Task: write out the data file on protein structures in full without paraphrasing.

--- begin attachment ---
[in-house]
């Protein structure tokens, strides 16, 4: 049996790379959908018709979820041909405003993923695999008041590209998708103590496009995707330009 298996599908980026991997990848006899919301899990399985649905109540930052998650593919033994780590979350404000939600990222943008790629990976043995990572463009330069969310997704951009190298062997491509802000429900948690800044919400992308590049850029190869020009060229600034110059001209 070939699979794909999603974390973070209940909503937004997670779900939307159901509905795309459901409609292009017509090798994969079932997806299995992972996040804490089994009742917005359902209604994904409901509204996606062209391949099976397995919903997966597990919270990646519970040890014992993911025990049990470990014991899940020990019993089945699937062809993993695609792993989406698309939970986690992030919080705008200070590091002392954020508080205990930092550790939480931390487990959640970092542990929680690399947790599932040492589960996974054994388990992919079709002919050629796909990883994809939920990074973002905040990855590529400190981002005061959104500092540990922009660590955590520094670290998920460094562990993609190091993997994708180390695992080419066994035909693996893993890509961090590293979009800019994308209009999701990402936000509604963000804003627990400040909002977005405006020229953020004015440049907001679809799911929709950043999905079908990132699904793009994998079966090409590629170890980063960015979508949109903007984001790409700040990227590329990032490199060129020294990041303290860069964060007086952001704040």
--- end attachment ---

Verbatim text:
[in-house]
């Protein structure tokens, strides 16, 4: 049996790379959908018709979820041909405003993923695999008041590209998708103590496009995707330009 298996599908980026991997990848006899919301899990399985649905109540930052998650593919033994780590979350404000939600990222943008790629990976043995990572463009330069969310997704951009190298062997491509802000429900948690800044919400992308590049850029190869020009060229600034110059001209 070939699979794909999603974390973070209940909503937004997670779900939307159901509905795309459901409609292009017509090798994969079932997806299995992972996040804490089994009742917005359902209604994904409901509204996606062209391949099976397995919903997966597990919270990646519970040890014992993911025990049990470990014991899940020990019993089945699937062809993993695609792993989406698309939970986690992030919080705008200070590091002392954020508080205990930092550790939480931390487990959640970092542990929680690399947790599932040492589960996974054994388990992919079709002919050629796909990883994809939920990074973002905040990855590529400190981002005061959104500092540990922009660590955590520094670290998920460094562990993609190091993997994708180390695992080419066994035909693996893993890509961090590293979009800019994308209009999701990402936000509604963000804003627990400040909002977005405006020229953020004015440049907001679809799911929709950043999905079908990132699904793009994998079966090409590629170890980063960015979508949109903007984001790409700040990227590329990032490199060129020294990041303290860069964060007086952001704040």